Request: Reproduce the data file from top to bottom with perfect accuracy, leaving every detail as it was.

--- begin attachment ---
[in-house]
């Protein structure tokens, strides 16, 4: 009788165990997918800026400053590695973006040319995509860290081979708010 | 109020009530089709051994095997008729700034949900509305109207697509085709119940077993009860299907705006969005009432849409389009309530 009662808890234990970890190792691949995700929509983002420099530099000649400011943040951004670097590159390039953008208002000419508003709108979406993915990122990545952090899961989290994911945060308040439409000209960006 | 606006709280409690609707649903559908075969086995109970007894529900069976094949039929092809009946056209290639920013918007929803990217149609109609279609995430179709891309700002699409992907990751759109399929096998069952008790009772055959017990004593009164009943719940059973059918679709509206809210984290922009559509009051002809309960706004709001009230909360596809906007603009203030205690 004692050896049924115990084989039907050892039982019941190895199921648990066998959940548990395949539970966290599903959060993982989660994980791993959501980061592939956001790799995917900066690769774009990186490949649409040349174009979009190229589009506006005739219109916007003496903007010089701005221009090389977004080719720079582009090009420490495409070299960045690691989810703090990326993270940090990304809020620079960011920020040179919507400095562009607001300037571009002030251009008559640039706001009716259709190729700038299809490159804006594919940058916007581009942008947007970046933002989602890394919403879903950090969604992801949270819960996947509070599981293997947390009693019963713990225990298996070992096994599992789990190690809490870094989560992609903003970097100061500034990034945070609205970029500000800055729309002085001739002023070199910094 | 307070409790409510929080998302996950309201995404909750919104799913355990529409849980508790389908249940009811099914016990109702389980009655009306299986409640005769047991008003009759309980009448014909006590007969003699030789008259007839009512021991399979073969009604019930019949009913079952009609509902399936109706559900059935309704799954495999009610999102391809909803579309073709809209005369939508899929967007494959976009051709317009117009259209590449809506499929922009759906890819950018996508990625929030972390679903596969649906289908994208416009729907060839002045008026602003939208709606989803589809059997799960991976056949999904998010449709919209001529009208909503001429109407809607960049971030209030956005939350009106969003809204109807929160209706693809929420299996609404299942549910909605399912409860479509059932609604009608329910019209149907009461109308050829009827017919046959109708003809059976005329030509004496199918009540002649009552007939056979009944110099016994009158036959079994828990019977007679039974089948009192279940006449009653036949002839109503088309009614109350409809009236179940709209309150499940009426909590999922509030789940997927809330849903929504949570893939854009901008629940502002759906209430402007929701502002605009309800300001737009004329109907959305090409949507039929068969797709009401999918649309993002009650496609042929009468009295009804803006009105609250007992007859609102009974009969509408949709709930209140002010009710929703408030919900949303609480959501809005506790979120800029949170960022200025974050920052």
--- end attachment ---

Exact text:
[in-house]
């Protein structure tokens, strides 16, 4: 009788165990997918800026400053590695973006040319995509860290081979708010 | 109020009530089709051994095997008729700034949900509305109207697509085709119940077993009860299907705006969005009432849409389009309530 009662808890234990970890190792691949995700929509983002420099530099000649400011943040951004670097590159390039953008208002000419508003709108979406993915990122990545952090899961989290994911945060308040439409000209960006 | 606006709280409690609707649903559908075969086995109970007894529900069976094949039929092809009946056209290639920013918007929803990217149609109609279609995430179709891309700002699409992907990751759109399929096998069952008790009772055959017990004593009164009943719940059973059918679709509206809210984290922009559509009051002809309960706004709001009230909360596809906007603009203030205690 004692050896049924115990084989039907050892039982019941190895199921648990066998959940548990395949539970966290599903959060993982989660994980791993959501980061592939956001790799995917900066690769774009990186490949649409040349174009979009190229589009506006005739219109916007003496903007010089701005221009090389977004080719720079582009090009420490495409070299960045690691989810703090990326993270940090990304809020620079960011920020040179919507400095562009607001300037571009002030251009008559640039706001009716259709190729700038299809490159804006594919940058916007581009942008947007970046933002989602890394919403879903950090969604992801949270819960996947509070599981293997947390009693019963713990225990298996070992096994599992789990190690809490870094989560992609903003970097100061500034990034945070609205970029500000800055729309002085001739002023070199910094 | 307070409790409510929080998302996950309201995404909750919104799913355990529409849980508790389908249940009811099914016990109702389980009655009306299986409640005769047991008003009759309980009448014909006590007969003699030789008259007839009512021991399979073969009604019930019949009913079952009609509902399936109706559900059935309704799954495999009610999102391809909803579309073709809209005369939508899929967007494959976009051709317009117009259209590449809506499929922009759906890819950018996508990625929030972390679903596969649906289908994208416009729907060839002045008026602003939208709606989803589809059997799960991976056949999904998010449709919209001529009208909503001429109407809607960049971030209030956005939350009106969003809204109807929160209706693809929420299996609404299942549910909605399912409860479509059932609604009608329910019209149907009461109308050829009827017919046959109708003809059976005329030509004496199918009540002649009552007939056979009944110099016994009158036959079994828990019977007679039974089948009192279940006449009653036949002839109503088309009614109350409809009236179940709209309150499940009426909590999922509030789940997927809330849903929504949570893939854009901008629940502002759906209430402007929701502002605009309800300001737009004329109907959305090409949507039929068969797709009401999918649309993002009650496609042929009468009295009804803006009105609250007992007859609102009974009969509408949709709930209140002010009710929703408030919900949303609480959501809005506790979120800029949170960022200025974050920052």